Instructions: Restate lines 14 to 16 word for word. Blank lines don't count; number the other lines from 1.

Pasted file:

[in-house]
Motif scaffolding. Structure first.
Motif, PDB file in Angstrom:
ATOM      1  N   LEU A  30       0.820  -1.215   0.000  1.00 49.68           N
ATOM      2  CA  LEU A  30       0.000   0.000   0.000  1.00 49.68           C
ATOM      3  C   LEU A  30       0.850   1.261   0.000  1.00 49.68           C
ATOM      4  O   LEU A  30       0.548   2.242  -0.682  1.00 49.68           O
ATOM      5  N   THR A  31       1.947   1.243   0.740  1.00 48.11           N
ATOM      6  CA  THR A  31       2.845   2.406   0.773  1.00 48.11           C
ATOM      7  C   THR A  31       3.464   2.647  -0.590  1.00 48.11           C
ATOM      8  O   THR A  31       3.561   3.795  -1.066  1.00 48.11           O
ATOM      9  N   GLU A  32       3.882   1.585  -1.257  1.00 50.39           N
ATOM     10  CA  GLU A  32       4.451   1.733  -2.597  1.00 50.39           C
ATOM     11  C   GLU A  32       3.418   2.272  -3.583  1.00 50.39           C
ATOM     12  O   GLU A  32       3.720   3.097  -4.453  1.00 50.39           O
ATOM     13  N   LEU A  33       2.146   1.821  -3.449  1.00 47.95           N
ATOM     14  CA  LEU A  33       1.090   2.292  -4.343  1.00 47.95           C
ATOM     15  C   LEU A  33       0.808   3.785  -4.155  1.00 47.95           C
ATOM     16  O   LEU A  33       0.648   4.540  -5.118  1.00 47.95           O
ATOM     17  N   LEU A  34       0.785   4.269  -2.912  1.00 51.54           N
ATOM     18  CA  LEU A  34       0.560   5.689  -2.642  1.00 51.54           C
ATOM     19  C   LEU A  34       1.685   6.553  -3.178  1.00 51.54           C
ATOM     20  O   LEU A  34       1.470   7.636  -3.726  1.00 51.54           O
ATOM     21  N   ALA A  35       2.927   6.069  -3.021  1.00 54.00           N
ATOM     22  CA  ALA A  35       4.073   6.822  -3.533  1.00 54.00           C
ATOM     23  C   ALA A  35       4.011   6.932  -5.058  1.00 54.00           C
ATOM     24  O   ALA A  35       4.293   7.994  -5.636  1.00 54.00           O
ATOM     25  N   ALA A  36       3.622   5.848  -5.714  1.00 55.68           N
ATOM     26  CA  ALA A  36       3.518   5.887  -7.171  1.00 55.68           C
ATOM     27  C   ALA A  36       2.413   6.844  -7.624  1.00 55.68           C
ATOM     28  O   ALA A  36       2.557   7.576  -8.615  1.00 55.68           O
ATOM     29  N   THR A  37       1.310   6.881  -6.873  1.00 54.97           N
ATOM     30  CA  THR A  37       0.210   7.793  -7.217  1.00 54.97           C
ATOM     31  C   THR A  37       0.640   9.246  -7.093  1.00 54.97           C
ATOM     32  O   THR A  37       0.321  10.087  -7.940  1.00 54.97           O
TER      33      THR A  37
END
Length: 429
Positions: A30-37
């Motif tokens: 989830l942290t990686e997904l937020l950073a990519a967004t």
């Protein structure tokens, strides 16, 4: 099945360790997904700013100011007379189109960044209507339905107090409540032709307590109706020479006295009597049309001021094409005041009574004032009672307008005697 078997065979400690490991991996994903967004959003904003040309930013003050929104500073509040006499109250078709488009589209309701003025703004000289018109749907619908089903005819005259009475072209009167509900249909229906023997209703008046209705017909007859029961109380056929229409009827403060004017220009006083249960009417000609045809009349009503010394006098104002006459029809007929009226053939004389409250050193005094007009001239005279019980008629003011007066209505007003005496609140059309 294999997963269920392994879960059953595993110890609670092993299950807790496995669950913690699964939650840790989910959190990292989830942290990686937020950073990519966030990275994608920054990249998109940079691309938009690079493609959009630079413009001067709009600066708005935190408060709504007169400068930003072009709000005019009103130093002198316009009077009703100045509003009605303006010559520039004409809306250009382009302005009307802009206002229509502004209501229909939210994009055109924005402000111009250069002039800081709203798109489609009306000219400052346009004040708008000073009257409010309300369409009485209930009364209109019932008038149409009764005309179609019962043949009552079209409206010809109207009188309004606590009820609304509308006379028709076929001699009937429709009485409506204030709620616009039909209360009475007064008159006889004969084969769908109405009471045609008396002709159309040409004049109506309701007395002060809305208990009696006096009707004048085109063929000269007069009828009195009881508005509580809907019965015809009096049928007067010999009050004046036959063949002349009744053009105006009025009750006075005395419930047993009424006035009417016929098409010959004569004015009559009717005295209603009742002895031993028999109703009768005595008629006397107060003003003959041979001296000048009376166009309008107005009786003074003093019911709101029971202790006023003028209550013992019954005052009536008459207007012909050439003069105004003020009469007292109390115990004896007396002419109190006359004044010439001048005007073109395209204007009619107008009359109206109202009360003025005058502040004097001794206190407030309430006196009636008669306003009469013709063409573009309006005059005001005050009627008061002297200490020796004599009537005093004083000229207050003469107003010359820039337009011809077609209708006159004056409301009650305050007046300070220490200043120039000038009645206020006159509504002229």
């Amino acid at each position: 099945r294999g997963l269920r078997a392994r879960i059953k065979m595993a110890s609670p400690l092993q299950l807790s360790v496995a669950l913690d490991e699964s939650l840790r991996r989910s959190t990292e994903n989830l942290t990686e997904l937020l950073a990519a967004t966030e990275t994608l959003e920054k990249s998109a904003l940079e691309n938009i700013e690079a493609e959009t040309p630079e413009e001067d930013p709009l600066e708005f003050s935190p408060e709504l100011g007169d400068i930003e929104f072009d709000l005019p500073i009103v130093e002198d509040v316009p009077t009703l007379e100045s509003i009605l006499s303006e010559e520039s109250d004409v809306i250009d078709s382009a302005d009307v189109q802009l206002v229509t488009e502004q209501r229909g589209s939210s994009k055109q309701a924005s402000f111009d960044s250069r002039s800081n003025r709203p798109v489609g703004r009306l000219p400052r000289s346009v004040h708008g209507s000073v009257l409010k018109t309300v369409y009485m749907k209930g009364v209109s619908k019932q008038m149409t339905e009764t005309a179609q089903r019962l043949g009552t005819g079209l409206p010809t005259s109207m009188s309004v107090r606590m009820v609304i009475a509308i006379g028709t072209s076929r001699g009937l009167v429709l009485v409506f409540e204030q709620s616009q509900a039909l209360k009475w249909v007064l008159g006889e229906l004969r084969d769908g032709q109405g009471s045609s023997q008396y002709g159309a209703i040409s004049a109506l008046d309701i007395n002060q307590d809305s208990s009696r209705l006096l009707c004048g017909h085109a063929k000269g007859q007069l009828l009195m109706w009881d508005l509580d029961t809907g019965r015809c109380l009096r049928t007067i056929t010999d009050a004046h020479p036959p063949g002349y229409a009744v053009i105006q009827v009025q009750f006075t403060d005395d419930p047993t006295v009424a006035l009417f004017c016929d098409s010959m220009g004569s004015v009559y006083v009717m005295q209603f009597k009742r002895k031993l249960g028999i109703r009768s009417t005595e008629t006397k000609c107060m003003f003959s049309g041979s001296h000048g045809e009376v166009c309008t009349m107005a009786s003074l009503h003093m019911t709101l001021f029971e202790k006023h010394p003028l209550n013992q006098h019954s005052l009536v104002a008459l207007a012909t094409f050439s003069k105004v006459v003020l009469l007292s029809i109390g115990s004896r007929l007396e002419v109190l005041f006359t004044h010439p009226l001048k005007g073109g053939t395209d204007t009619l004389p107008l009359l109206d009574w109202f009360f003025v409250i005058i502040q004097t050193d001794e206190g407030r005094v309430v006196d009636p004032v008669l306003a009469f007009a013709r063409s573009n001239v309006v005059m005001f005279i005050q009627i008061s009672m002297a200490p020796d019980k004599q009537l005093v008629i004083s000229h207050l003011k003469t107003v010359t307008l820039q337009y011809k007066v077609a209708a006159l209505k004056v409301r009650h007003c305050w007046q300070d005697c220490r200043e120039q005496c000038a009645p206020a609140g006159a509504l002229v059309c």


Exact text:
ATOM     11  C   GLU A  32       3.418   2.272  -3.583  1.00 50.39           C
ATOM     12  O   GLU A  32       3.720   3.097  -4.453  1.00 50.39           O
ATOM     13  N   LEU A  33       2.146   1.821  -3.449  1.00 47.95           N